22. Laganaro, M., Di Pietro, M., & Schnider, A. (2006). What does recovery from anomia tell us about the underlying impairment: The case of similar anomic patterns and different recovery. Neuropsychologia, 44, 534–545. doi: 10.1016/j.neuropsychologia.2005.07.005 CrossRefPubMedGoogle Scholar
  23. Levelt, W. J., Roelofs, A., & Meyer, A. S. (1999). A theory of lexical access in speech production. Behavioral and Brain Sciences, 22, 1–38. doi: 10.1017/S0140525X99001776 PubMedGoogle Scholar
  24. Morrison, C., Ellis, A., & Quinlan, P. (1992). Age of acquisition, not word frequency, affects object naming, not object recognition. Memory & Cognition, 20, 705–714. doi: 10.3758/bf03202720 CrossRefGoogle Scholar
  25. Nishimoto, T., Miyawaki, K., Ueda, T., Une, Y., & Takahashi, M. (2005). Japanese normative set of 359 pictures. Behavior Research Methods, 37, 398–416. doi: 10.3758/bf03192709 CrossRefPubMedGoogle Scholar
  26. Park, D. C., & Gutchess, A. H. (2002). Aging, cognition, and culture: A neuroscientific perspective. Neuroscience & Biobehavioral Reviews, 26, 859–867. doi: 10.1016/S0149-7634(02)00072-6 CrossRefGoogle Scholar
  27. Pompeia, S., Miranda, M. C., & Bueno, O. F. (2001). A set of 400 pictures standardised for Portuguese: Norms for name agreement, familiarity and visual complexity for children and adults. Arquivos de Neuropsiquiatria, 59B, 330–337. doi: 10.1590/S0004-282X2001000300004 CrossRefGoogle Scholar
  28. Raman, I., Raman, E., & Mertan, B. (2014). A standardized set of 260 pictures for Turkish: Norms of name and image agreement, age of acquisition, visual complexity, and conceptual familiarity. Behavior Research Methods, 46, 588–595. doi: 10.3758/s13428-013-0376-4 CrossRefPubMedGoogle Scholar
  29. Schock, J., Cortese, M., Khanna, M., & Toppi, S. (2012). Age of acquisition estimates for 3,000 disyllabic words. Behavior Research Methods, 44, 971–977. doi: 10.3758/s13428-012-0209-x CrossRefPubMedGoogle Scholar
  30. Severens, E., Van Lommel, S., Ratinckx, E., & Hartsuiker, R. J. (2005). Timed picture naming norms for 590 pictures in Dutch. Acta Psychologica, 119, 159–187. doi: 10.1016/j.actpsy.2005.01.002 CrossRefPubMedGoogle Scholar
  31. Shafto, M. A., Stamatakis, E. A., Tam, P. P., & Tyler, L. K. (2010). Word retrieval failures in old age: The relationship between structure and function. Journal of Cognitive Neuroscience, 22, 1530–1540. doi: 10.1162/jocn.2009.21321 CrossRefPubMedGoogle Scholar
  32. Sirois, M., Kremin, H., & Cohen, H. (2006). Picture-naming norms for Canadian French: Name agreement, familiarity, visual complexity, and age of acquisition. Behavior Research Methods, 38, 300–306. doi: 10.3758/BF03192781 CrossRefPubMedGoogle Scholar
  33. Snodgrass, J. G., & Vanderwart, M. (1980). A standardized set of 260 pictures: Norms for name agreement, image agreement, familiarity, and visual complexity. Journal of Experimental Psychology: Human Learning and Memory, 6, 174–215. doi: 10.1037/0278-7393.6.2.174 Google Scholar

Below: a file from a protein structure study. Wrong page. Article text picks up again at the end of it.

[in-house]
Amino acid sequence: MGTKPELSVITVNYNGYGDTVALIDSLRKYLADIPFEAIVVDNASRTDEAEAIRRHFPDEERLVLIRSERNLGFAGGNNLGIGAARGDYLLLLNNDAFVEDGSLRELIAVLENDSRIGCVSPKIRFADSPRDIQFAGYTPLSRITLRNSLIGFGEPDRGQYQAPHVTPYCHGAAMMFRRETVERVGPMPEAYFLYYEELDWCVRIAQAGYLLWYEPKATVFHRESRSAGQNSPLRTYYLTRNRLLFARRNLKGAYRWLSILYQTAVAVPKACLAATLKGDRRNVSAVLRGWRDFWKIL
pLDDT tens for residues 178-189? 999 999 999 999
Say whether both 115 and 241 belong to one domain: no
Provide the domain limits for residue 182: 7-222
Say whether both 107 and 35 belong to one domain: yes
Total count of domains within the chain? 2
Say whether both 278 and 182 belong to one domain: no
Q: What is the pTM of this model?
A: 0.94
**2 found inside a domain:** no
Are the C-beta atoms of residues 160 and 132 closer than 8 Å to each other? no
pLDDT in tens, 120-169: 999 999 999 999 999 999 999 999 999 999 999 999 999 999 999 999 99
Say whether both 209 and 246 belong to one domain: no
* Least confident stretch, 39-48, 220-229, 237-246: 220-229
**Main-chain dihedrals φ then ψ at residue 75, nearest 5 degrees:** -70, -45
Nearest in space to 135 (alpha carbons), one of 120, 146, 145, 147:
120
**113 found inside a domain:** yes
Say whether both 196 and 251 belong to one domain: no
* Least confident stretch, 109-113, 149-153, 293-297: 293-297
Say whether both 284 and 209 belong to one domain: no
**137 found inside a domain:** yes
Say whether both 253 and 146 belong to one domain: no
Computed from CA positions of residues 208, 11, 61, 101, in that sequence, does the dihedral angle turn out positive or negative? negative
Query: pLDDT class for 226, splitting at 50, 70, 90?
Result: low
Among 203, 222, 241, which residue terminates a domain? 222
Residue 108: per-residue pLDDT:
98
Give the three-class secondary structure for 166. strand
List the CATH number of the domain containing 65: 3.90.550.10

34. Tallberg, I. M. (2005). The Boston Naming Test in Swedish: Normative data. Brain and Language, 94, 19–31.CrossRefPubMedGoogle Scholar
  35. Taylor, J. K., & Burke, D. M. (2002). Asymmetric aging effects on semantic and phonological processes: Naming in the picture–word interference task. Psychology and Aging, 17, 662–676. doi: 10.1037/0882-7974.17.4.662 CrossRefPubMedGoogle Scholar
  36. Tsaparina, D., Bonin, P., & Méot, A. (2011). Russian norms for name agreement, image agreement for the colorized version of the Snodgrass and Vanderwart pictures and age of acquisition, conceptual familiarity, and imageability scores for modal object names. Behavior Research Methods, 43, 1085–1099. doi: 10.3758/s13428-011-0121-9 CrossRefPubMedGoogle Scholar
  37. Weekes, B. S., Shu, H., Hao, M., Liu, Y., & Tan, L. H. (2007). Predictors of timed picture naming in Chinese. Behavior Research Methods, 39, 335–342. doi: 10.3758/BF03193165 CrossRefPubMedGoogle Scholar
  38. Windfuhr, G. L. (2009). Persian. In B. Comrie (Ed.), The world’s major languages (pp. 445–459). New York: Routledge.Google Scholar
  39. Yoon, C., Feinberg, F., Luo, T., Hedden, T., Gutchess, A. H., Chen, H. Y., & Park, D. C. (2004). A cross-culturally standardized set of pictures for younger and older adults: American and Chinese norms for name agreement, concept agreement, and familiarity. Behavior Research Methods, Instruments, & Computers, 36, 639–649. doi: 10.3758/BF03206545 CrossRefGoogle Scholar

Copyright information

© Psychonomic Society, Inc. 2014

Authors and Affiliations

  • Leila Ghasisin
    • 1
    • 2
  • Fariba Yadegari
    • 1
  • Mehdi Rahgozar
    • 3
  • Ali Nazari
    • 4
  • Niloufar Rastegarianzade
    • 5
  1. 1.Department of Speech TherapyUniversity of Social Welfare and Rehabilitation SciencesTehranIran
  2. 2.Isfahan University of Medical SciencesIsfahanIran
  3. 3.Department of StatisticsUniversity of Social Welfare and Rehabilitation SciencesTehranIran
  4. 4.Psychology DepartmentUniversity of TabrizTabrizIran
  5. 5.Department of Speech Therapy, School of RehabilitationShiraz University of Medical SciencesShirazIran

Personalised recommendations